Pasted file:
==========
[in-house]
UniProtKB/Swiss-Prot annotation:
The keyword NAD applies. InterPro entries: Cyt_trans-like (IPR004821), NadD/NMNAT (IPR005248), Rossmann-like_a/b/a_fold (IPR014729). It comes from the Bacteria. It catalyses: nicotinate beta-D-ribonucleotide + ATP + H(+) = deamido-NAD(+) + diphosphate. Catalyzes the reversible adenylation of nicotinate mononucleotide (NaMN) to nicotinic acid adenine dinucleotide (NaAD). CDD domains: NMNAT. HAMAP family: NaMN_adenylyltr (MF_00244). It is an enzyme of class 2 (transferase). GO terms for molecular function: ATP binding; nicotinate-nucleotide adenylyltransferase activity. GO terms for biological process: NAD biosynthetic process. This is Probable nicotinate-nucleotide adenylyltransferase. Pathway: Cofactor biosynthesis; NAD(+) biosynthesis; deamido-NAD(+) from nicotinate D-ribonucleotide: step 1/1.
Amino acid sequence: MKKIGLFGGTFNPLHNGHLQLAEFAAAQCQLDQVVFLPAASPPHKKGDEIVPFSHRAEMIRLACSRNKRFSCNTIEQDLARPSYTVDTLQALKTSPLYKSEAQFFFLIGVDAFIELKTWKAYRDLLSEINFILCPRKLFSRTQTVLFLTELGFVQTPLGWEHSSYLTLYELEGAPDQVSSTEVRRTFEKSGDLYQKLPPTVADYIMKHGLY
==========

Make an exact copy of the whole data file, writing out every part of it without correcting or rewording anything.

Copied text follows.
[in-house]
UniProtKB/Swiss-Prot annotation:
The keyword NAD applies. InterPro entries: Cyt_trans-like (IPR004821), NadD/NMNAT (IPR005248), Rossmann-like_a/b/a_fold (IPR014729). It comes from the Bacteria. It catalyses: nicotinate beta-D-ribonucleotide + ATP + H(+) = deamido-NAD(+) + diphosphate. Catalyzes the reversible adenylation of nicotinate mononucleotide (NaMN) to nicotinic acid adenine dinucleotide (NaAD). CDD domains: NMNAT. HAMAP family: NaMN_adenylyltr (MF_00244). It is an enzyme of class 2 (transferase). GO terms for molecular function: ATP binding; nicotinate-nucleotide adenylyltransferase activity. GO terms for biological process: NAD biosynthetic process. This is Probable nicotinate-nucleotide adenylyltransferase. Pathway: Cofactor biosynthesis; NAD(+) biosynthesis; deamido-NAD(+) from nicotinate D-ribonucleotide: step 1/1.
Amino acid sequence: MKKIGLFGGTFNPLHNGHLQLAEFAAAQCQLDQVVFLPAASPPHKKGDEIVPFSHRAEMIRLACSRNKRFSCNTIEQDLARPSYTVDTLQALKTSPLYKSEAQFFFLIGVDAFIELKTWKAYRDLLSEINFILCPRKLFSRTQTVLFLTELGFVQTPLGWEHSSYLTLYELEGAPDQVSSTEVRRTFEKSGDLYQKLPPTVADYIMKHGLY